Both the words and actions of Pope John Paul II were crucial to the downfall of communism in Germany as well as his native Poland.
This paper will discuss Pope John Paul II’s role in the fall of communism in Germany and his native Poland through in depth research and an analysis of biographical research.
Even as a child, people knew that Karol Wojtyla was destined for greatness. Even his mother bragged to all her neighbors that her newborn son would grow into a great man. And that he did.
He served as pope from 1978 until his death in 2005, a period of over twenty-six years. He was the youngest pope of the Twentieth Century as well, elected at the age of fifty-eight. However, the most striking aspect of his election was that he was Polish – the first non-Italian pope since the Fifteenth Century! He was a remarkable man, who “with bold religious zeal and diplomatic shrewdness…forced open doors” (Accattoli et al 45). He forced people to seriously think about their lives. About morality, conscience, religion. He attacked communism will every ounce of his will and helped to bring down the Berlin wall. He “demonstrated in action that Christian conviction can be the agent of human liberation” (Weigel 847). It’s almost impossible to believe that such a famous man had such humble beginnings.
Born in Wadowice, Poland on May 20th, 1920, Karol Wojtyla grew up in an environment of communism and depression. His mother was sickly and died at a young age, leaving him and his father alone, as his older brother Edmund was away at school. Many times Karol, or “Lolek,” as he was called by those dear to him, would enter his father’s bedroom late at night and see him knelt on the floor in deep prayer. Lolek’s home became a kind of seminary in a way. Needless to say, Lolek entered the religious life, strongly influenced by his father.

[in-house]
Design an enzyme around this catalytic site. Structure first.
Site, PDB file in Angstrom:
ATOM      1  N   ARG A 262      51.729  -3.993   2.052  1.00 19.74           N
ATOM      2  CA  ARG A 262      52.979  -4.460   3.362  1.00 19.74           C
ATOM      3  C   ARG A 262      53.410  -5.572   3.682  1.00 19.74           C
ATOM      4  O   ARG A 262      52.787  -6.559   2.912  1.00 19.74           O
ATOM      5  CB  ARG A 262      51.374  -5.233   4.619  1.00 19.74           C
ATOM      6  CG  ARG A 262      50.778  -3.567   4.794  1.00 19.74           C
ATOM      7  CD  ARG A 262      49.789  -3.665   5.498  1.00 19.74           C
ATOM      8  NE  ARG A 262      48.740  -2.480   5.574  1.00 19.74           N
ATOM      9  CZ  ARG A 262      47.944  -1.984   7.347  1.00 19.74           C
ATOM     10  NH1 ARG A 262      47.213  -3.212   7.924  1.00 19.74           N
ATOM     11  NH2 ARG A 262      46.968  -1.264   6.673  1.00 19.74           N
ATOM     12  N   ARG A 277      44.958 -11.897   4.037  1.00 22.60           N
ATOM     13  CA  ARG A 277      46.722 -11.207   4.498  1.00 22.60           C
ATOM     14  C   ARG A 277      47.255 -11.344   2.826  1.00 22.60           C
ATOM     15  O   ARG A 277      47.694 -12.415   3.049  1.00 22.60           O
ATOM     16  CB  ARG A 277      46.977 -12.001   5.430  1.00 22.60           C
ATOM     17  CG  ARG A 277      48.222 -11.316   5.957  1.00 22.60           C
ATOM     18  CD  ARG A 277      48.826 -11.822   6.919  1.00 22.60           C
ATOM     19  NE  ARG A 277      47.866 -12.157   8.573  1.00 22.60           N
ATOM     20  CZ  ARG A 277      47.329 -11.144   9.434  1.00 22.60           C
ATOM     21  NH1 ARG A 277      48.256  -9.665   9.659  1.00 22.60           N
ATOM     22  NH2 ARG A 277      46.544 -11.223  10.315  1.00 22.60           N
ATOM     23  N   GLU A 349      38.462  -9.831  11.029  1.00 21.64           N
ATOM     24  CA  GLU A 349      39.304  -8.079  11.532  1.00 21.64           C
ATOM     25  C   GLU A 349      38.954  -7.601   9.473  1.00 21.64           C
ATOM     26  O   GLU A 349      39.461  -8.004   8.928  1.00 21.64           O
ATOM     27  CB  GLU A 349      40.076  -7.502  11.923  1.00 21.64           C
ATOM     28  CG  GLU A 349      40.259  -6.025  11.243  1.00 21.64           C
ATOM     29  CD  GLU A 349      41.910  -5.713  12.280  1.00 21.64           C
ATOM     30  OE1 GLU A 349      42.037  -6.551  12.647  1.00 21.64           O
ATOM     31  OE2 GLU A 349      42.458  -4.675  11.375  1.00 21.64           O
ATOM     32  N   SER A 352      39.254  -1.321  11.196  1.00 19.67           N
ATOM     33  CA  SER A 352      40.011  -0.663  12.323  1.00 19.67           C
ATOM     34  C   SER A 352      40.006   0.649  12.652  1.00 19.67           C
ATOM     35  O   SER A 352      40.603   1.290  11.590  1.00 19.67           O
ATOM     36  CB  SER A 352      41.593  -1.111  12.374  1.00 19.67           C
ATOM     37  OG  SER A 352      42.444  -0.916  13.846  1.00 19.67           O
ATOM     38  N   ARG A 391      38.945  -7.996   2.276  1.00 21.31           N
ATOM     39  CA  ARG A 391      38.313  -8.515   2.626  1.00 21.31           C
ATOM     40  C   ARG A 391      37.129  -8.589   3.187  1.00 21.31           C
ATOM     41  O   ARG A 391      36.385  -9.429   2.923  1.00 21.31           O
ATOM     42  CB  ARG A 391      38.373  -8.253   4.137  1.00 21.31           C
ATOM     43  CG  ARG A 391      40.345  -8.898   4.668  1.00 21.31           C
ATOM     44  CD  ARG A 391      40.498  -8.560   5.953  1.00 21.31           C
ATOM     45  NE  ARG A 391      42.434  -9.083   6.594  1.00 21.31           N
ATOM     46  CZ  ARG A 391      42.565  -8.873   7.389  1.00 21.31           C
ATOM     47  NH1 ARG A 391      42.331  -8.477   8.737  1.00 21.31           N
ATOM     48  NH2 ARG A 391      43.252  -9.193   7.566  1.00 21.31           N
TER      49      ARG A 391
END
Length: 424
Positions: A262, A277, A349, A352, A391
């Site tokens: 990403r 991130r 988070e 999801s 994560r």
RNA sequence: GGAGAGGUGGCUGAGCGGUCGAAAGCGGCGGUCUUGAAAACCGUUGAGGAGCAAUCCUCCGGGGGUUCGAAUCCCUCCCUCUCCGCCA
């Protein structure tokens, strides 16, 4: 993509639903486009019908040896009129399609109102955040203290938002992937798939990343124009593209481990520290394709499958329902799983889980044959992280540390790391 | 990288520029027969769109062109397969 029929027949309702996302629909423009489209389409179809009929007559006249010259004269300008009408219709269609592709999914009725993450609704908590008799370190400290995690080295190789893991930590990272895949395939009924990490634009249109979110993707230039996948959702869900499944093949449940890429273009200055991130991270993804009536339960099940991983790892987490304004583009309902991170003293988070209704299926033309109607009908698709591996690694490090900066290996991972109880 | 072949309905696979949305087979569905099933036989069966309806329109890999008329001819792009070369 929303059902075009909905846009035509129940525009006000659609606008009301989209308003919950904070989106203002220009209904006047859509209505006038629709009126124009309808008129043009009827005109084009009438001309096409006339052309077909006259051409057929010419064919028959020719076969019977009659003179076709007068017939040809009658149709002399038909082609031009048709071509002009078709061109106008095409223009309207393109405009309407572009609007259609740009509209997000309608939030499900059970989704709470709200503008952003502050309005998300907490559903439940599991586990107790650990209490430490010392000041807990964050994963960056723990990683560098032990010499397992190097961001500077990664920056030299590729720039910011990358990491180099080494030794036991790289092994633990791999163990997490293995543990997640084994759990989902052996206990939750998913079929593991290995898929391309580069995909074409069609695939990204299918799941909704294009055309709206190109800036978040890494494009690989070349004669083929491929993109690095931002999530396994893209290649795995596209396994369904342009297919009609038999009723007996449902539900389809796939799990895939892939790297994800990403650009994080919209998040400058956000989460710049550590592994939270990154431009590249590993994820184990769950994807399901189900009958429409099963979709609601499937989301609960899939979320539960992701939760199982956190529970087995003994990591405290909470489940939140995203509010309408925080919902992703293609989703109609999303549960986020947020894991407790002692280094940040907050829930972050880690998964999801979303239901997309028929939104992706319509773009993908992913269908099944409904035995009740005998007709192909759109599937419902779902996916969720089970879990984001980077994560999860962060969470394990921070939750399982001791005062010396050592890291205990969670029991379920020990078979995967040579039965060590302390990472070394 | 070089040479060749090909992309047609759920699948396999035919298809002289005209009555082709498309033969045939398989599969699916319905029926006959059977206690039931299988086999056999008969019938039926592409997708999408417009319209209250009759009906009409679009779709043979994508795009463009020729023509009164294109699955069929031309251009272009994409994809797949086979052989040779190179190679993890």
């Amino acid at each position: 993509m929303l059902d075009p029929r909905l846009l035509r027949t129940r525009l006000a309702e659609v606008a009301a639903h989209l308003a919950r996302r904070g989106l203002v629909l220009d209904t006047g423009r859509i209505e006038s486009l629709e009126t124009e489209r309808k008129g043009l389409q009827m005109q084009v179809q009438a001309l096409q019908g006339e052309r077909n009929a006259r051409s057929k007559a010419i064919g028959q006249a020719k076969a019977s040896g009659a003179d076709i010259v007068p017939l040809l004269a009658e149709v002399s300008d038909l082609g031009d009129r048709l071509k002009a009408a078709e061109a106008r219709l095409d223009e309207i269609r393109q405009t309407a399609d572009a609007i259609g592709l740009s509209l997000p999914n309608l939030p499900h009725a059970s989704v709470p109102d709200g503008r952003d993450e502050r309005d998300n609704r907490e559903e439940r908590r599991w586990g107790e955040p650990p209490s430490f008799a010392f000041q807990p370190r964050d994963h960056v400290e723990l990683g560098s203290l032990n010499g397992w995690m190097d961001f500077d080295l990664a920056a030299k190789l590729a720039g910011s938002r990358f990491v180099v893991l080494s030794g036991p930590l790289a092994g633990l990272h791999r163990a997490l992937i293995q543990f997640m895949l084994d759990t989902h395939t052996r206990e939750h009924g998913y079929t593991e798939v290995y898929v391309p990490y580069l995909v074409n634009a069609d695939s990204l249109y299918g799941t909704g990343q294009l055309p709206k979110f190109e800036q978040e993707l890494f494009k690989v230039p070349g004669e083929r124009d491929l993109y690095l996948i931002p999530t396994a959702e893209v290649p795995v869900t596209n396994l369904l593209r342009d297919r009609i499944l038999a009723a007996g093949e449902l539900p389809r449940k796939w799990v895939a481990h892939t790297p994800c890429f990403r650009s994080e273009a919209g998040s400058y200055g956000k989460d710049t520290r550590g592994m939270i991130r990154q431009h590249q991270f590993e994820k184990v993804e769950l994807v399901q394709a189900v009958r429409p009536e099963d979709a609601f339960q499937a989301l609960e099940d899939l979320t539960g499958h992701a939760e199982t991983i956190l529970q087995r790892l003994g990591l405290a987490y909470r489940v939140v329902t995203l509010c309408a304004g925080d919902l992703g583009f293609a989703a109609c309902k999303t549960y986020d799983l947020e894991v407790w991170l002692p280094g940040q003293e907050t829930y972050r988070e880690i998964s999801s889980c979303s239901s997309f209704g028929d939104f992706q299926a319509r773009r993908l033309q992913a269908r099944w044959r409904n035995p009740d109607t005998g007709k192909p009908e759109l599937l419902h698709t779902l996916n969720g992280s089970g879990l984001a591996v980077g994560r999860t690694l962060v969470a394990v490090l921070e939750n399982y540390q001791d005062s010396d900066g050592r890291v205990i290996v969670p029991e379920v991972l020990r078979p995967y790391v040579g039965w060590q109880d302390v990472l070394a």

Karol’s battle against communism began during World War II, when he was forced to hide his faith from the cruel government. He did this in several ways, including wearing his priestly garb without the collar and being called “Uncle” instead of “Father” in public. Karol was the kind of man who wasn’t afraid to put himself in danger in order to speak the truth. It is evident that “he tried to stand up for the dignity of man, even against the seemingly overwhelming power of Communism” (Accattoli et al 30), which he did at his local university, preaching the message of Christianity to the students and warning them of the evils of the communism and the atheism that went along with such a government. But this action was only one of many early strides that Karol Wojtyla took against communism.
A POPE FOR THE PEOPLE
Pope John Paul II was a very bright and articulate child, burdened by the loss of many classmates to concentration camps. Drawing from his childhood experiences later in life, the pope used his talent in linguistics to write several religious plays, including...